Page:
Close this search box.


DAVID & ESTHER ZIMMER All Photographs ©David & Esther Zimmer, 2018

When’s the last time you did something outside your comfort zone? For some of us that may be going to the movies, alone, but my dear friend, Esther (Essie) Zimmer, and her husband, David, are spending a year, bicycling from Turkey to Singapore. Yes… You read that right. For most of us that would be like flying to the moon!

Many of you will remember Essie. She blogged about food and body image for 1010ParkPlace, and when I was in Paris, two years ago, she came from London to Paris to meet me.

David Zimmer is an American, and his wife, Essie, an Aussie. After 14 years of living in London they decided to embark on this mind-boggling cycling trip. I keep up with their adventures on their Facebook page, Everything Ahead of You You can like their page and follow them as well. Thank you, David, for answering my questions. I’ve had to condense it. xoxo, B

What prompted this trip?

David and Essie have both travelled extensively, but their wanderlust and desire to see “what else is out there” prompted their trip. They also wanted to strip back their lives to the core; to remove all of the complexity and focus on a few simple things: the road ahead of them, the room or tent over their heads, the food and the people they’d meet. 

“We also wanted to prove to ourselves—and to others, thinking about doing something similar,” said David, “that you can, in your mid-40s, without much planning or training, go out and do something amazing.

Anyone can have a big adventure!”

How did you prepare? I remember an early Facebook video of Essie where she was just getting the hang of the bike, but you were already in Turkey.

“We researched bikes,” said David, “camping and cooking equipment; what other’s had taken on similar trips; what worked and what didn’t. There’s a constant balance between weight and comfort/luxury, so we spent time thinking about what and how we would pack.”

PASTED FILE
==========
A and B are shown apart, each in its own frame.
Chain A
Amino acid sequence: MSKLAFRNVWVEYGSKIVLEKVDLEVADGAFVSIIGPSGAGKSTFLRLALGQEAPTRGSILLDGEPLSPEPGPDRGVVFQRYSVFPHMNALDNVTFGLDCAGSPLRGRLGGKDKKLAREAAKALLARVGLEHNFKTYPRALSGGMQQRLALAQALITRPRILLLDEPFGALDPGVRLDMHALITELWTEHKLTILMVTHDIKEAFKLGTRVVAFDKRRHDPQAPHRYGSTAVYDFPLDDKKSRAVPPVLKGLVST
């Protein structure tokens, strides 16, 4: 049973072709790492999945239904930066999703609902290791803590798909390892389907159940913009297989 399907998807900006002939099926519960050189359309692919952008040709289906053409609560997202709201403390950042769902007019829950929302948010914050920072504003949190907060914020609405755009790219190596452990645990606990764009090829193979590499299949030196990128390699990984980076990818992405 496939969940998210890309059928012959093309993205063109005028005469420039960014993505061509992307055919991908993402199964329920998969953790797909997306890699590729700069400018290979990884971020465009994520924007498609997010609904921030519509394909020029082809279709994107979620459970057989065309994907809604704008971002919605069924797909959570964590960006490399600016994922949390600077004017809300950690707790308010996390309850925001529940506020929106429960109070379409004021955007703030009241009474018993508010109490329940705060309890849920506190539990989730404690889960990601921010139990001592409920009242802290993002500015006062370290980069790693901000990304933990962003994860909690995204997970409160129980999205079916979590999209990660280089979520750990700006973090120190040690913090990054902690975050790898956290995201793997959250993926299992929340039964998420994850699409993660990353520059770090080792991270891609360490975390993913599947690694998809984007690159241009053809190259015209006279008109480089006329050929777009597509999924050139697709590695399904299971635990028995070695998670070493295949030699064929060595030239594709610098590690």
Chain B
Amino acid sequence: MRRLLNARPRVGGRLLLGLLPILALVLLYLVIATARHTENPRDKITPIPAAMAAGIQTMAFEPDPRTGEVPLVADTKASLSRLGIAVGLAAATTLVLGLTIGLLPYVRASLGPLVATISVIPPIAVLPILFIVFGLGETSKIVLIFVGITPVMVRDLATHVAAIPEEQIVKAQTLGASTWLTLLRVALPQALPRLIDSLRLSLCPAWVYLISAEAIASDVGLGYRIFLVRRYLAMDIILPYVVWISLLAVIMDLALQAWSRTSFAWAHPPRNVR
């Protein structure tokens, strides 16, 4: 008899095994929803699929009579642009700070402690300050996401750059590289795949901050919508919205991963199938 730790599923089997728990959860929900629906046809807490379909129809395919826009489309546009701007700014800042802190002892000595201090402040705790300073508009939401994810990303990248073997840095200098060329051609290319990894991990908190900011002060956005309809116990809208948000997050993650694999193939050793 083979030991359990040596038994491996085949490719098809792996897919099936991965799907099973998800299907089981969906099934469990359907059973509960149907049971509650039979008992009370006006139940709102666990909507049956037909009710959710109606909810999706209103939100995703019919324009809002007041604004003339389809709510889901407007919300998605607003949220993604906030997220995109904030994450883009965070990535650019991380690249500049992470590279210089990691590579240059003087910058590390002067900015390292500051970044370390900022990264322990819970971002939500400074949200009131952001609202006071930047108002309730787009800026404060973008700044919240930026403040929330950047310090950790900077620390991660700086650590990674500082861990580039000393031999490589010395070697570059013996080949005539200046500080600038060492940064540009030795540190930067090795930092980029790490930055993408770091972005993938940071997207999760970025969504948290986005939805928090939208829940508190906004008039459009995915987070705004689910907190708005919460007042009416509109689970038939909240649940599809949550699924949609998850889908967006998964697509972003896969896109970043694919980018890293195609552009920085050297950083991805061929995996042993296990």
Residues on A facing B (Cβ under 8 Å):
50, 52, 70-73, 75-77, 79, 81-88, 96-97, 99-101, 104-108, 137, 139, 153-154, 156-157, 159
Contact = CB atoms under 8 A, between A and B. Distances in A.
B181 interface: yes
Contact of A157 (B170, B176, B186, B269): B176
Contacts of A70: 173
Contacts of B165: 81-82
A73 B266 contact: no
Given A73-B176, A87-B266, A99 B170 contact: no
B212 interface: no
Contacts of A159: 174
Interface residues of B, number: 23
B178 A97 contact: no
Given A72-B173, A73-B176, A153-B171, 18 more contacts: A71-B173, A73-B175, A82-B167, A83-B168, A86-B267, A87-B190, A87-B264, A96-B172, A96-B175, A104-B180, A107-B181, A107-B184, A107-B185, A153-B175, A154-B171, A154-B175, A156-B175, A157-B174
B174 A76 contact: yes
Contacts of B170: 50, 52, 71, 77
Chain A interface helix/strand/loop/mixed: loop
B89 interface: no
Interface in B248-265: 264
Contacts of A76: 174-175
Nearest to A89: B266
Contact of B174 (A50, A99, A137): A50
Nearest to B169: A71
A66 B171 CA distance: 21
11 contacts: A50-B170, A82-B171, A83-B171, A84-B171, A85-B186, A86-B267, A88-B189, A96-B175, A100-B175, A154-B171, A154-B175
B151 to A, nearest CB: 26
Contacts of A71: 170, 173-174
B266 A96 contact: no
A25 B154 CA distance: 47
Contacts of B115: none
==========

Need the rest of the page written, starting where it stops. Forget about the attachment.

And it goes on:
A favorite moment: crossing the border into Kyrgyzstan, riding along next to a herd of horses who were running free and playing like kids. An awesome, spirit-cleansing few minutes.

David and Essie took half of a bike maintenance course and a 2-day expedition first aid course. Ten days before they left they picked up their bicycles, rode them twice, and then shipped the bikes to Istanbul.

One of their guiding principles has been to “learn as we go.” Since they were about to spend a year on a bicycle, they didn’t waste time pedaling around London. They considered the first month of their trip as their training.

So that very first video I saw on Facebook of Essie, wobbling down a street in Istanbul, was the first time she’d ridden the bike with her fully-packed “pannier bags” hanging off the bike…. I can’t imagine! What if you’d decided you couldn’t handle that much weight, girlfriend? David’s bike was loaded down as well.

July 18, 2018, the Caucasus Mountains

Other than basic route planning for their first month in Turkey, they waited until they were on the road to do more detailed destination and route planning: what roads to take and where they might pitch their tent or stay in a guest house. Many mornings they set off without being sure where they’d sleep that night.

“We were never really sure of where we’d be more than 4 or 5 days ahead,” said David, “which was part of the fun.”

On the Pamir Highway, 50km from Osh, in Central Asia. The older woman insisted David and Essie pack up their gear and follow her to a house she shared with her son, daughter-in-law and granddaughter. They made them tea, fed them and gave them a bed for the night. 

The market in Bishkek, Kyrgyzstan

Kyrgyzstan is the little yellow blip SW of the “A” in Asia.

What’s been the hardest part of the trip?

“Getting out of London,” said David. “When you’re 44, it takes a little longer to ‘run away’ than you think!” 

The couple had to cut ties with a life they’d spent 14 years, building, together. They rented out their house; donated, gifted, recycled or sold their things; put the remainder in storage; settled finances and a myriad of other things they couldn’t do from the road.

David & Essie bicycled down this “weaving bastard” where they met a 70-year-old French couple, Mathieu & Francoise, who were hiking up the road!